Judging by how fast it climbed up Netflix’s most-watched list, many people, not just South Africans, spent a significant chunk of last weekend watching Tjovitjo, the wildly popular Puo Pha production that throws ispantsula into a contemporary yet nostalgic setting. Under documentarian Vincent Moloi’s direction, the dance, the culture, the attitude and the setting all coalesce to propel this almost free-form rendering of survival, squalor and transcendence that debuted to an unprecedented reception in 2017, breaking SABC 1 viewership records.
In anticipation of season two, which debuts on Netflix on April 29, Moloi relays the story’s inception and how his background as a documentary filmmaker influences his artistic choices when it comes to drama.
How did the idea of Tjovitjo come about?
I think the most important moment was when I was young in Soweto. We were watching a school soccer game between these two rival schools. One kid just walked into the field and started dancing. The whole game stopped and both teams and the students were cheering. For a moment nobody cared about soccer. It took about five or ten minutes to get him off the ground. I thought, “Damn, that kid has so much power, to stop 22 young men from playing the most favourite sport.” Bekajaiv’ ispantsula, and yet I wasn’t seeing this on TV. And I was like, “Yessus, this should be on TV”.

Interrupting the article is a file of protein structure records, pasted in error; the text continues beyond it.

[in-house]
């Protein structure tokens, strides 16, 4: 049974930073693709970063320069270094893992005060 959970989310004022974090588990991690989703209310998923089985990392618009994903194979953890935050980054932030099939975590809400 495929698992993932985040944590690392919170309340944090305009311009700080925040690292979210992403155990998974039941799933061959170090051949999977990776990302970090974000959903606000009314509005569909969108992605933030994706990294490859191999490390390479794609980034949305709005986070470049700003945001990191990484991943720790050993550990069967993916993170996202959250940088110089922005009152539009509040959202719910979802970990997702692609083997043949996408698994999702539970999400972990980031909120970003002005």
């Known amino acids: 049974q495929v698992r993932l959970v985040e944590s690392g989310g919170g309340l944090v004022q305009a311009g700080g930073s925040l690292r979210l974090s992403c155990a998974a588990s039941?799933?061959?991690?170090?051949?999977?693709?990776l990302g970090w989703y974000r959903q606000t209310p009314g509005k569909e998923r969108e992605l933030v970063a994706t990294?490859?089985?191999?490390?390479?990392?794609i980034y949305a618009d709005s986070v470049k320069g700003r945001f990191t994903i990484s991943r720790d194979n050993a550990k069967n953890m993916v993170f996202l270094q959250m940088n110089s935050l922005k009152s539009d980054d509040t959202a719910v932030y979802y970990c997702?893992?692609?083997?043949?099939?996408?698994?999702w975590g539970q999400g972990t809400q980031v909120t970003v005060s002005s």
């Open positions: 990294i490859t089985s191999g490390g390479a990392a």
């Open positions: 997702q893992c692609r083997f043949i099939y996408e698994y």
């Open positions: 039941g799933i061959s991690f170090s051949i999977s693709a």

You were having these thoughts as a child?
I think I was about 14, 15. Even when my parents said, “Hayi, ijive yabo tsotsi le”, and what not, it had such a huge following from everyone in the street. There was just such a big disconnect, even back then, between what was on TV and what was on the street. Later on in life when I became a filmmaker, the kinds of stories I’m attracted to are those that I know very well and those that I know are not being told, if you look at the history of the documentaries I’ve done or even dramas that I have come up with. A Pair of Boots and a Bicycle was about black South African soldiers in World War II. I didn’t even know that story until I researched it and made the doccie. You look at Skulls of my People; I tend to be attracted to stories that are not in the mainstream but I know that they matter. I know that ispantsula matters. So when I was looking at what type of fiction I can do, that story of the pantsula came through.